What Our Feelings are Meant to do For Us

Photo by Annie Spratt on Unsplash

When I was growing up, there wasn’t much schooling about feelings and emotions, but more on academics like reading, writing, and math, etc. Learning all the usual school subjects are necessary requirements and we’re also taught about the history, which shows us how far we’ve come. Things haven’t changed that much today, and there’s not as much schooling about how to handle feelings and emotions as we need to manage our lives and to succeed as people. After all, we’re all made up of thoughts, feelings, and emotions.

The older I get, and the more I learn about emotional intelligence, and the more I understand how important this subject is, I believe it should become part of school curriculum. How this required course should be presented to students would be best left in the hands of the experts, teachers who are trained to teach emotional intelligence just like the other subject-expert teachers of math, science or history.

Think about this: when our feelings are hurt, we naturally focus on that pain because we’re human. But the purpose of those hurt feelings is a reminder to be aware of those feelings in someone else, in another person. We must go through this hurt ourselves to help us learn to recognize them, to understand what those feelings are meant to do for us. If we don’t learn this, we end up trying to push those feelings down not to feel them. Sadly, this only hardens us more and keeps us fixated on the sorrow that is living deep within ourselves. This makes us close and harden our hearts even more by not allowing ourselves to feel our pain and hurts. When we stuff or ignore our hurt feelings, this is not being powerful or strong. We’re not helping anyone, especially not ourselves. Instead, we are silently suffering because we’ve not yet learned what to do with those hurt feelings because we haven’t been taught the valuable purpose they serve, or how to use them.

By contrast, it is empowering and strong not only to let ourselves feel hurt but also to be compassionate and to help others heal with words they’ll understand. This is where true healing power lies. When we are compassionate to others, our own sorrow will be diminished. Being powerful and strong isn’t meant to teach us not to feel. Not at all! Instead, there’s strength and power in becoming aware of our feelings and what to do with them. Without learning to do this, if we let our hearts become hardened, it leads to unhappiness and sorrow.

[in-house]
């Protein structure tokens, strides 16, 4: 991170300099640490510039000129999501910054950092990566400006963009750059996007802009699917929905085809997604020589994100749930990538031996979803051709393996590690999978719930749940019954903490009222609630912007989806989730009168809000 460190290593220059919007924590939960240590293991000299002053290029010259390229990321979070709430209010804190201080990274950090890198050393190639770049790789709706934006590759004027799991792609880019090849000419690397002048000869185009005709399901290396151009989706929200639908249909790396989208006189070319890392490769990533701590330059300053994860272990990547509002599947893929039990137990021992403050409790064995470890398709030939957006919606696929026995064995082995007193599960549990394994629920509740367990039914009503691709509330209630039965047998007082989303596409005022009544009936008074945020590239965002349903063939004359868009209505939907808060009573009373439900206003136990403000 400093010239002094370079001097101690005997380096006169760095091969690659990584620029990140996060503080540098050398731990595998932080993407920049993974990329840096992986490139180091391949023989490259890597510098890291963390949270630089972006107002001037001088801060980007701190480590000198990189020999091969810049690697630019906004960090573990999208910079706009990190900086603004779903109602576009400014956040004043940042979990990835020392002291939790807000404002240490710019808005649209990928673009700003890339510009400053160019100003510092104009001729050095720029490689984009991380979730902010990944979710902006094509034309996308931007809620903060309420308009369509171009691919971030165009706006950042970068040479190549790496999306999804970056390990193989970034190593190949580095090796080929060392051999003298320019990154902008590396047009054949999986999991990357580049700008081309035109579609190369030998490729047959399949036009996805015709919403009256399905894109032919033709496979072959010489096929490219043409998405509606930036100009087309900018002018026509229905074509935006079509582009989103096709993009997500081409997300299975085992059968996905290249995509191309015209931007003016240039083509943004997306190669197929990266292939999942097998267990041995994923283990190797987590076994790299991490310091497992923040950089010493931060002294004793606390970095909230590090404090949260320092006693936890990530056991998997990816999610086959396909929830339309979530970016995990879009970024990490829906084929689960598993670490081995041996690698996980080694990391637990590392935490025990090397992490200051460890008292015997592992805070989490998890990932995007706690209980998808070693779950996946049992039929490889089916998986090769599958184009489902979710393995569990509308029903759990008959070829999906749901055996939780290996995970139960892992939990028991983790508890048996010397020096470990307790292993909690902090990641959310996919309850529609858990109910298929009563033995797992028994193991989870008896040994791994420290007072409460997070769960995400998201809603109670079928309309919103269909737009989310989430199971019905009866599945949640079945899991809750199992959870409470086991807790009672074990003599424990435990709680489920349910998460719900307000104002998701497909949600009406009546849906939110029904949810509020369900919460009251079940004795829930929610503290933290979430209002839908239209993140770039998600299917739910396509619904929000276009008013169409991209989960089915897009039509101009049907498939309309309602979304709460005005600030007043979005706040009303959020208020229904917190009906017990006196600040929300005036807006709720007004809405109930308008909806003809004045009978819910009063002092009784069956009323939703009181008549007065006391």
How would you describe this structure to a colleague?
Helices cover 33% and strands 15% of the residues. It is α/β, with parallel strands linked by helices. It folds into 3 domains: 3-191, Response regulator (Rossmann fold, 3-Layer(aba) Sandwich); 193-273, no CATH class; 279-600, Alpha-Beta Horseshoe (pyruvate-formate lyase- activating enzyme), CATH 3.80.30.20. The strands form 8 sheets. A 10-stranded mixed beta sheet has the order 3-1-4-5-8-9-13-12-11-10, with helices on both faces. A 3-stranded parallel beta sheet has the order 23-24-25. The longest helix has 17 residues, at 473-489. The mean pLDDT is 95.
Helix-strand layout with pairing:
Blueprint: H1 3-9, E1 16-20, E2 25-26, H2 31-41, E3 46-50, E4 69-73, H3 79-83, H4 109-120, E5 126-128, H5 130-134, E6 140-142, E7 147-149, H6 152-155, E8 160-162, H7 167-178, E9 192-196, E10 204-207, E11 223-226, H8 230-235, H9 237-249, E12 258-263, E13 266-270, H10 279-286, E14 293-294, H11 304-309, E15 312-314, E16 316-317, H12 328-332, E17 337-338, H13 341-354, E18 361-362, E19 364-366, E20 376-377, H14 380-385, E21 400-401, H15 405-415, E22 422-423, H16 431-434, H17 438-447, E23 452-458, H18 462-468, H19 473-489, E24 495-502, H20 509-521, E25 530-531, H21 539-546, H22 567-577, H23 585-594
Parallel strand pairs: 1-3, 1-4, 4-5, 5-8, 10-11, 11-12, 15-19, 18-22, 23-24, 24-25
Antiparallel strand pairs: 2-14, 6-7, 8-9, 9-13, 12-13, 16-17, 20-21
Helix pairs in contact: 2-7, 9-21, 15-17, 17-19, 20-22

So let’s add classes in emotional intelligence to the school curriculum so the next generation will have the tools they need to create better lives for themselves and the whole planet.

About Catherine Nagle: Catherine grew up in Philadelphia with 16 brothers and sisters, reared by loving, old-school Italian parents. Catherine’s artist father’s works graced churches and public buildings; her mother was a full-time homemaker. A professional hairdresser, Catherine worked in various salons while studying the Bible and pursuing spiritual growth through courses, seminars, lectures, the works of Marianne Williamson, and through various conferences on spirituality.

She is an Ambassador of the Society of Emotional Intelligence and a frequent contributor to the Huffington Post and Arianna Huffington’s Thrive Global. The mother of two children, and a grandmother, Catherine lives in Pennsylvania with her husband. She is the author of Imprinted Wisdom and Absence and Presence and Amelia and a contributor to Anne Born’s, These Winter Months.

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